Crosland endured similar brickbats to those later thrown at Blair and Brown. For example, Diamond notes, “Tribune greeted The Future of Socialism’s publication with the headline ‘Socialism? How Dare He Use the Word!” Because socialism, according to Tribune, meant public ownership. But to Crosland, consistent with Tawney, it meant equality. And public ownership was one means among several to that end.

In the latest edition of Progress magazine, Diamond reviews a new book by Peter Hain, Back to the Future of Socialism. “Hain is audacious in aligning his own revisionism with that of the great post war theoretician, Anthony Crosland,” Diamond begins. “His political confidence and élan are admirable; whether they are really in tune with the spirit of the age remains to be seen,” he concludes.

As between Ed and David, it may be that near history is more contentious than distant. But, as Tribune‘s reaction to The Future of Socialism and the perceived necessity of CDS, in which Crosland was active, attest, this older history was once contentious.

The fairest way to read this history is as a variety of attempts to recast for their times the fundamental Labour offering. Hindsight may expose flaws in these attempts. But they were attempts sincerely made from shared motivations. Labour will continue to need thinkers and activists inspired by these motivations, who should be reassured that they stand on the shoulders of the giants that Diamond charts.

This includes chapters on the obvious luminaries of British revisionist socialism – not just Crosland, Gaitskell and Tawney but Denis Healey, Roy Jenkins and Hugh Dalton. In addition, and arguably most intriguingly, there are chapters on lesser known figures, including, E. F. M. Durbin, J. P. Mackintosh and David Marquand.

When Patrick asked for my address, I was gratefully anticipating something to mark the recent arrival of my daughter. He had another kind of treat in mind.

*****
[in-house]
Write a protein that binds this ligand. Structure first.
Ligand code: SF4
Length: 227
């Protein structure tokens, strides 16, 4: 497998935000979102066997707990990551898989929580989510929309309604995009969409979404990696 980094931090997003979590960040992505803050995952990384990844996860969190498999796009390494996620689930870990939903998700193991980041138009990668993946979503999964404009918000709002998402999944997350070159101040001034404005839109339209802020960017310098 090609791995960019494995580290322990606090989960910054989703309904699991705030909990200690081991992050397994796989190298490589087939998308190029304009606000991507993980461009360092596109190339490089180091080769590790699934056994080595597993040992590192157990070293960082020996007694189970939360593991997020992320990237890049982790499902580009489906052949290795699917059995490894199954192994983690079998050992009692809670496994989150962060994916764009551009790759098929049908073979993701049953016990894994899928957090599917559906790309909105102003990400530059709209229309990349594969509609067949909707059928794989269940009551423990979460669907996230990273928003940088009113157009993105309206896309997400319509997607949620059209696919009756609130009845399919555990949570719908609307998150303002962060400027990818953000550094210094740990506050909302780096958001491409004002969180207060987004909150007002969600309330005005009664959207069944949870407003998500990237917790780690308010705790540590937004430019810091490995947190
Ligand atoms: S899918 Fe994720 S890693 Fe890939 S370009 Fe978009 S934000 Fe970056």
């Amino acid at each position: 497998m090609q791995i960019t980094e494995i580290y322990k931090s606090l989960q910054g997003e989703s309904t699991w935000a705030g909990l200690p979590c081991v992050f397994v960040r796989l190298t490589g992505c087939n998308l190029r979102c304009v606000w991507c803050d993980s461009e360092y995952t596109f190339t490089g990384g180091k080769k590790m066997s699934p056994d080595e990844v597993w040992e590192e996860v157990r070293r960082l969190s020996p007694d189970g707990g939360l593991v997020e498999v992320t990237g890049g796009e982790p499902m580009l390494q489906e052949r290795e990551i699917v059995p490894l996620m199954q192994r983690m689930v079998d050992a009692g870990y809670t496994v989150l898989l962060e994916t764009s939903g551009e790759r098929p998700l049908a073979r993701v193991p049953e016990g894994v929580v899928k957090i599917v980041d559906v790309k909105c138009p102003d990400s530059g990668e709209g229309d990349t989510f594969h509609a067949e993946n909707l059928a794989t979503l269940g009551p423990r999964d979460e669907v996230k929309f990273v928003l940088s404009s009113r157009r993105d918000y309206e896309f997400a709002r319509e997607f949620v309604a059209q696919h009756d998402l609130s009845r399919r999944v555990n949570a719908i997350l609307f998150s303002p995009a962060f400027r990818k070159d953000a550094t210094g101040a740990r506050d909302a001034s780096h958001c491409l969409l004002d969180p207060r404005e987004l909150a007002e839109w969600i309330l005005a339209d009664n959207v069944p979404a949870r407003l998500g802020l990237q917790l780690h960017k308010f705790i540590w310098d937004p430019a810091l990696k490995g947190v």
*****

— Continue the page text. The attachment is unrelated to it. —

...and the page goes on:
Jonathan Todd is Deputy Editor of Labour Uncut     

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2 Responses to “Uncut Review: New Labour’s Old Roots, edited by Patrick Diamond”

  1. paul barker says:

    All mildly interesting but you fail to mention The big shift of the last 2 decades -The Far-Lefts capture of most of the major Unions. The Unions were always Labours anchor, restraining the enthusiasms of the activists, thats all gone now. The only way that Centrists can ever recapture dominance is if some of The big Unions pull out altogether; in which case Labour would be bankrupt.

  2. The problem for New Labour apologists like Todd is you can’t rewrite history without someone pointing out the obvious inconsistencies in their stories. To tie New Labour to earlier times and a “radical egalitarian commitment” forming the base of their social democratic beliefs cannot be shown when we look closely at those thirteen years of Blair/Brown governments.

    Their problem is that equality is measurable, maybe not that accurately, but enough to disprove this argument. The trite, and often quoted, statement by Mandelson on having no problem with the filthy rich as long as they pay their taxes points towards where it all went so wrong. You see that measurability of modern social inequality is the Gini coefficient of income after tax. From the post-war years through to the early seventies it showed a gradual closing of the gap between the richest and poorest. The Thatcher/Keith Joseph adoption of neoliberal economics reversed this trend very much for the worse.

    New Labour had the chance to turn the tide by using among other things the tax system, but the data shows they didn’t use the opportunity they were given to do this. There was no real improvement in the Gini coefficient. It’s a disservice to the likes of Crossland to grant New Labour inheritance rights to their ideas.